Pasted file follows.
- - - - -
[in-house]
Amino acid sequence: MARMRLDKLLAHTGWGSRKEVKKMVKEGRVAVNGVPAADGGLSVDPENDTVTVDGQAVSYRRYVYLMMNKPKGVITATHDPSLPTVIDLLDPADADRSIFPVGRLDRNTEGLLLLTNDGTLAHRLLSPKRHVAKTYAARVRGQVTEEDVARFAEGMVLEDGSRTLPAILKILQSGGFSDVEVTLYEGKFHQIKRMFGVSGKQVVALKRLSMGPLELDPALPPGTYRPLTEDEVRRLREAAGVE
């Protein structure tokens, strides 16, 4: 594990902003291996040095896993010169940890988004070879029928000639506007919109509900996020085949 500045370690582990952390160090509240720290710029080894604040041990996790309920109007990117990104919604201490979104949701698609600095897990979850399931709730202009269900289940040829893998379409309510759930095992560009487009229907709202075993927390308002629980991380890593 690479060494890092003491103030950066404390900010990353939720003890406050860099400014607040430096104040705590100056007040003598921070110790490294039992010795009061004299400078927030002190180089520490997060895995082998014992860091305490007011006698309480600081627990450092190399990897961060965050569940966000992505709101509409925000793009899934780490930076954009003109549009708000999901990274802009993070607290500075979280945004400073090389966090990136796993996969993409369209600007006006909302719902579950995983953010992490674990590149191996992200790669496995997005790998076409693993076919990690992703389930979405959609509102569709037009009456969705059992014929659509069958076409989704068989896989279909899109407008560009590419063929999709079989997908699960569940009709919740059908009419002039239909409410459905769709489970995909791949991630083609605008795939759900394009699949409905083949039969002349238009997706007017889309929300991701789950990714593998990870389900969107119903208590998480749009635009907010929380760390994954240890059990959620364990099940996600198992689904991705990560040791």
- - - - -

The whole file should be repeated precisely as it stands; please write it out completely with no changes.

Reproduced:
[in-house]
Amino acid sequence: MARMRLDKLLAHTGWGSRKEVKKMVKEGRVAVNGVPAADGGLSVDPENDTVTVDGQAVSYRRYVYLMMNKPKGVITATHDPSLPTVIDLLDPADADRSIFPVGRLDRNTEGLLLLTNDGTLAHRLLSPKRHVAKTYAARVRGQVTEEDVARFAEGMVLEDGSRTLPAILKILQSGGFSDVEVTLYEGKFHQIKRMFGVSGKQVVALKRLSMGPLELDPALPPGTYRPLTEDEVRRLREAAGVE
């Protein structure tokens, strides 16, 4: 594990902003291996040095896993010169940890988004070879029928000639506007919109509900996020085949 500045370690582990952390160090509240720290710029080894604040041990996790309920109007990117990104919604201490979104949701698609600095897990979850399931709730202009269900289940040829893998379409309510759930095992560009487009229907709202075993927390308002629980991380890593 690479060494890092003491103030950066404390900010990353939720003890406050860099400014607040430096104040705590100056007040003598921070110790490294039992010795009061004299400078927030002190180089520490997060895995082998014992860091305490007011006698309480600081627990450092190399990897961060965050569940966000992505709101509409925000793009899934780490930076954009003109549009708000999901990274802009993070607290500075979280945004400073090389966090990136796993996969993409369209600007006006909302719902579950995983953010992490674990590149191996992200790669496995997005790998076409693993076919990690992703389930979405959609509102569709037009009456969705059992014929659509069958076409989704068989896989279909899109407008560009590419063929999709079989997908699960569940009709919740059908009419002039239909409410459905769709489970995909791949991630083609605008795939759900394009699949409905083949039969002349238009997706007017889309929300991701789950990714593998990870389900969107119903208590998480749009635009907010929380760390994954240890059990959620364990099940996600198992689904991705990560040791």